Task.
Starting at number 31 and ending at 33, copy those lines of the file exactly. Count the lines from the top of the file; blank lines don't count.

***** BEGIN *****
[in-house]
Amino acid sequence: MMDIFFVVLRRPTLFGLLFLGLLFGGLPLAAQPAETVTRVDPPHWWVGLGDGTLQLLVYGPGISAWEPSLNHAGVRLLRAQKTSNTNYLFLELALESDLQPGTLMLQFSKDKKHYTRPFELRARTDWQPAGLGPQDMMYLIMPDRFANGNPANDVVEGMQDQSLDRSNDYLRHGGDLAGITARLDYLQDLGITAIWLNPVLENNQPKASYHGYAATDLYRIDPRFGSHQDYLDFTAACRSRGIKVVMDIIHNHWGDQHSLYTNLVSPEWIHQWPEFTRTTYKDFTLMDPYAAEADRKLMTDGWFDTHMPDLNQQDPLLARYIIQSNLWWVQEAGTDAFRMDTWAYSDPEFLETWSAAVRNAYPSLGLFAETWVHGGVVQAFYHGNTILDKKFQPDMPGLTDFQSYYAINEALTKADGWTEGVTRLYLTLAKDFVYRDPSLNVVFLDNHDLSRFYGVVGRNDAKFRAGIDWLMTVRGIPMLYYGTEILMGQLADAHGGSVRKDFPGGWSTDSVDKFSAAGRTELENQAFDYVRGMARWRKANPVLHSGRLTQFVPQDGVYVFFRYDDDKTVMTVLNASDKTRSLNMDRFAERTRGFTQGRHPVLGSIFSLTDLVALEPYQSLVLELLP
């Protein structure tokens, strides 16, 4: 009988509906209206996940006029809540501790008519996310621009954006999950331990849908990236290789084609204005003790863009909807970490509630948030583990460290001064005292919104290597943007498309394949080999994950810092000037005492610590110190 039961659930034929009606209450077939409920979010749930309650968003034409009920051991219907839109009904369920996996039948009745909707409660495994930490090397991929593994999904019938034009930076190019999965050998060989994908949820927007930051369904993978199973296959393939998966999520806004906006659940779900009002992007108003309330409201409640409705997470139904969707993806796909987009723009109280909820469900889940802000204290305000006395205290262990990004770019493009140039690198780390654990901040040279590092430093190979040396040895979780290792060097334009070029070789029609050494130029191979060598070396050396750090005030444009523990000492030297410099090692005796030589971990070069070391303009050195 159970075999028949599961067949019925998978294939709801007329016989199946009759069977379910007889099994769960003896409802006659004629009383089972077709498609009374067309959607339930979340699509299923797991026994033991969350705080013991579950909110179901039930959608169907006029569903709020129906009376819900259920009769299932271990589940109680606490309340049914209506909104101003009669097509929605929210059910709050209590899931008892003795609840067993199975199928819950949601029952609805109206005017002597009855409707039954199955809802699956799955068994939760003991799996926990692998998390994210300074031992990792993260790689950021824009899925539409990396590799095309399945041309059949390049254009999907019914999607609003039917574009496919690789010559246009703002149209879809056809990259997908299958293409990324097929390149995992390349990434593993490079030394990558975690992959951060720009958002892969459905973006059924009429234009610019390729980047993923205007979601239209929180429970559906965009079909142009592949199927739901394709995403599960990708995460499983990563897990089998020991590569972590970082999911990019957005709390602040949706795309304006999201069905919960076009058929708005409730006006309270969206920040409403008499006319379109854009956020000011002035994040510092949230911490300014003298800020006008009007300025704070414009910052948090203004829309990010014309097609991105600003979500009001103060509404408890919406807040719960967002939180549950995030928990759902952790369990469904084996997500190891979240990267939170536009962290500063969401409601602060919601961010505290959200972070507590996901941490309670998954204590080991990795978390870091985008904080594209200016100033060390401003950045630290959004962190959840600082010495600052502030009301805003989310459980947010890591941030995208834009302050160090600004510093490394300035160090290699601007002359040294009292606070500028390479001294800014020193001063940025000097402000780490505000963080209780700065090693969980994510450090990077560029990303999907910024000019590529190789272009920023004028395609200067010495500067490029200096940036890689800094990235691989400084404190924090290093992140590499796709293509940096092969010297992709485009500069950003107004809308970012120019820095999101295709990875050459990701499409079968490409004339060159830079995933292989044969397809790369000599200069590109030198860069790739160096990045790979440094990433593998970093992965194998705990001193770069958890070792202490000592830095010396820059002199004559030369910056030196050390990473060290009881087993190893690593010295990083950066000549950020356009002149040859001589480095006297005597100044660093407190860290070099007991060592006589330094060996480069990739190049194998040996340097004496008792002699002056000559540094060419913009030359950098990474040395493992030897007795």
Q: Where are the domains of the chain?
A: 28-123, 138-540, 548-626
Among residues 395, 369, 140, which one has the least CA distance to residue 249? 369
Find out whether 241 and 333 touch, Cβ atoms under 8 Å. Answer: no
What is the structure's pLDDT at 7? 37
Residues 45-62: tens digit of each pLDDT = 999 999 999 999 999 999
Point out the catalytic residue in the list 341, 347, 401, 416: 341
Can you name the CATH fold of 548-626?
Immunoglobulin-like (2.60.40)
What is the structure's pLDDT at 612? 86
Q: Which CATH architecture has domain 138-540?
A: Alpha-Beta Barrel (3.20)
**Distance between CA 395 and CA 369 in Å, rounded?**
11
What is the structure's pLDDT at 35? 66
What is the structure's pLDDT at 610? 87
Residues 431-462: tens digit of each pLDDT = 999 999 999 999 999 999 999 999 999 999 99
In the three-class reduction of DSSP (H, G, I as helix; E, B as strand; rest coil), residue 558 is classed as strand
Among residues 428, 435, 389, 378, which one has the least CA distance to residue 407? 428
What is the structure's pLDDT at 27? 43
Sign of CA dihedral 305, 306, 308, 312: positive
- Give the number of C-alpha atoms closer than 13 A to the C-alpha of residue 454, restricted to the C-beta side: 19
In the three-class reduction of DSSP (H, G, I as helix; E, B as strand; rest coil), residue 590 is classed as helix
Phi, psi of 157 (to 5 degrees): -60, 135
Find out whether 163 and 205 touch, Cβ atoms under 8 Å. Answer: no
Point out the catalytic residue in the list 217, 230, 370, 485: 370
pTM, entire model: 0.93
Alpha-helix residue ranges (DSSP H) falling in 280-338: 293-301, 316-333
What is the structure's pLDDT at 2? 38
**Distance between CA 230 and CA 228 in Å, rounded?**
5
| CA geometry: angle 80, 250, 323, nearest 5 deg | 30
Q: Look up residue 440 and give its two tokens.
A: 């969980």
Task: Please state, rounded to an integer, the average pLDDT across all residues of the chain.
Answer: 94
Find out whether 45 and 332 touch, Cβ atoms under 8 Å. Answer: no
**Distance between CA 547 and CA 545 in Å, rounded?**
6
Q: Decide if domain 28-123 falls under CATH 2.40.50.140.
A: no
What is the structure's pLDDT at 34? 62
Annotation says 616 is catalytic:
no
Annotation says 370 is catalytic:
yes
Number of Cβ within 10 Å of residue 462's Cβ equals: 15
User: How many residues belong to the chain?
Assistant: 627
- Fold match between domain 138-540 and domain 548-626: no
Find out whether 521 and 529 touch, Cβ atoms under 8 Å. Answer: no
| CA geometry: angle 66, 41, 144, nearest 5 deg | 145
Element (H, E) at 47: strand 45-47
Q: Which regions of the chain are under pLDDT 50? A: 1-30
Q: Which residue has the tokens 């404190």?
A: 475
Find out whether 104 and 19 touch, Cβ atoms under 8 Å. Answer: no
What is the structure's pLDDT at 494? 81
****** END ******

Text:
Alpha-helix residue ranges (DSSP H) falling in 280-338: 293-301, 316-333
What is the structure's pLDDT at 2? 38
**Distance between CA 230 and CA 228 in Å, rounded?**